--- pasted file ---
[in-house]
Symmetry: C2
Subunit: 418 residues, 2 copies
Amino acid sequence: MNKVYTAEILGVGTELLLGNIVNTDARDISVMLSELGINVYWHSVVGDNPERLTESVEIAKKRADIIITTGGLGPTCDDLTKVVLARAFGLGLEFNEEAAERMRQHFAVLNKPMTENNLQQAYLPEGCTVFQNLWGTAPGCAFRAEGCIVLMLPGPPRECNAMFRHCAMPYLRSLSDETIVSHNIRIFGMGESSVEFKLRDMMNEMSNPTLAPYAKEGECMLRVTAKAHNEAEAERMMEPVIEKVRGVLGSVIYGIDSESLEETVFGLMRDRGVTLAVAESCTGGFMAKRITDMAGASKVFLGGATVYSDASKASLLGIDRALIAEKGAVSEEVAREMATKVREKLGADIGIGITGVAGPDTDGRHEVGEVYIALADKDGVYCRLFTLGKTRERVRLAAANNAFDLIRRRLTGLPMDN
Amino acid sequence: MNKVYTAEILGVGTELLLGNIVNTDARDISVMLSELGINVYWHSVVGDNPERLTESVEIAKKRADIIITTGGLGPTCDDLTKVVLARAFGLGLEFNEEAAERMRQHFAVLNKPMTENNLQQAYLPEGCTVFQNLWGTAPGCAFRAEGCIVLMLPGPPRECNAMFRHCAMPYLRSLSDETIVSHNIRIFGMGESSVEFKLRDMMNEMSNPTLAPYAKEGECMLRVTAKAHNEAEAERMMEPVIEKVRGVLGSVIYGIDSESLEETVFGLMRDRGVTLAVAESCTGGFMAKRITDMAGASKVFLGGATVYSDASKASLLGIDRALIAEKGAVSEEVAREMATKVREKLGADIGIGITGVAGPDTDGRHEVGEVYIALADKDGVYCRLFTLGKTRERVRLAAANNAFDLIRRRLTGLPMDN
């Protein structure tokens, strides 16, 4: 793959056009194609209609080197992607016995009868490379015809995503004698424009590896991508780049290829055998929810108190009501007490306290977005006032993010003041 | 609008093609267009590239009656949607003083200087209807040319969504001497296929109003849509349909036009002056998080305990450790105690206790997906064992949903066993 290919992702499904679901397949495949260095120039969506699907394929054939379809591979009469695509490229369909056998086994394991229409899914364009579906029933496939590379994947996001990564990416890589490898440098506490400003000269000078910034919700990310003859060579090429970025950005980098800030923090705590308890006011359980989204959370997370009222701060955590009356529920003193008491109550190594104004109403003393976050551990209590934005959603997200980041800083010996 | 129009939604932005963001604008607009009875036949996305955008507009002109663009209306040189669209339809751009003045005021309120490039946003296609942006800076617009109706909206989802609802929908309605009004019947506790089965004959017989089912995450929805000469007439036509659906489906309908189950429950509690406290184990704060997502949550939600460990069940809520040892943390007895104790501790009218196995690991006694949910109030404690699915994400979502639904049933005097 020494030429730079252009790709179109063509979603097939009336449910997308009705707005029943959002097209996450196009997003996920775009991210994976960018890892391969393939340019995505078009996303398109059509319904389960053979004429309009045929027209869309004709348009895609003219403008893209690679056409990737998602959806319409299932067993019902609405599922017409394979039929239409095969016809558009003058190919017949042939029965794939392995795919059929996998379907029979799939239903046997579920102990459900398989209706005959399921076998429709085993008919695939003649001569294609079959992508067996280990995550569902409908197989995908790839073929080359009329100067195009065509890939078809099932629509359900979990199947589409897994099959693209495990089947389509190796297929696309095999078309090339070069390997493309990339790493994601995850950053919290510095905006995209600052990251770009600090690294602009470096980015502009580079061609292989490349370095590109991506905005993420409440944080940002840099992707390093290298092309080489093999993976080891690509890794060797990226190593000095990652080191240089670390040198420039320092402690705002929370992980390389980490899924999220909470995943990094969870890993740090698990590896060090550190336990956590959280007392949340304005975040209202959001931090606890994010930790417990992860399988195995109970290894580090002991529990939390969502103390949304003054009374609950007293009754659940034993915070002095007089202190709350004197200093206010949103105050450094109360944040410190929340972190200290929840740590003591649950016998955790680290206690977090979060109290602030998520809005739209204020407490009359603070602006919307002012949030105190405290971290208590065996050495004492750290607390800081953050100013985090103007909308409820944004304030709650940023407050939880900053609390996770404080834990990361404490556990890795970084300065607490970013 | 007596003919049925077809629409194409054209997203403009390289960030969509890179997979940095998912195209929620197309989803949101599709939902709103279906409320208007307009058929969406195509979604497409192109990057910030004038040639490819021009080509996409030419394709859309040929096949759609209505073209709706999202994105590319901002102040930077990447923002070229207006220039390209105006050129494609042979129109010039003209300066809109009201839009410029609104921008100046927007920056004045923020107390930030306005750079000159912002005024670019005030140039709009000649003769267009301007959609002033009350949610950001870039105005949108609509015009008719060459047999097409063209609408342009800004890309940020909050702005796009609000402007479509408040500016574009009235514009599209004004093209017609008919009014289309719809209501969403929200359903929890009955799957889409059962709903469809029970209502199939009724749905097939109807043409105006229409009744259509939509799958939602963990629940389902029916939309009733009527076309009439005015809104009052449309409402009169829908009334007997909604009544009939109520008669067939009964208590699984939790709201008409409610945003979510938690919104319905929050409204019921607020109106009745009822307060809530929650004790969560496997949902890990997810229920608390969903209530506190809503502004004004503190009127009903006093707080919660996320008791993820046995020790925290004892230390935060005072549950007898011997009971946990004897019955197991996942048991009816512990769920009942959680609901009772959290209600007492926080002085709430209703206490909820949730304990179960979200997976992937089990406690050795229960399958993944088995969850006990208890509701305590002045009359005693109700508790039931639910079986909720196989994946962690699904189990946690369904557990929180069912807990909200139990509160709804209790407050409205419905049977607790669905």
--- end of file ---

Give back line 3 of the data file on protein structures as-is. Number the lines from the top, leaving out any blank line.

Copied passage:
Subunit: 418 residues, 2 copies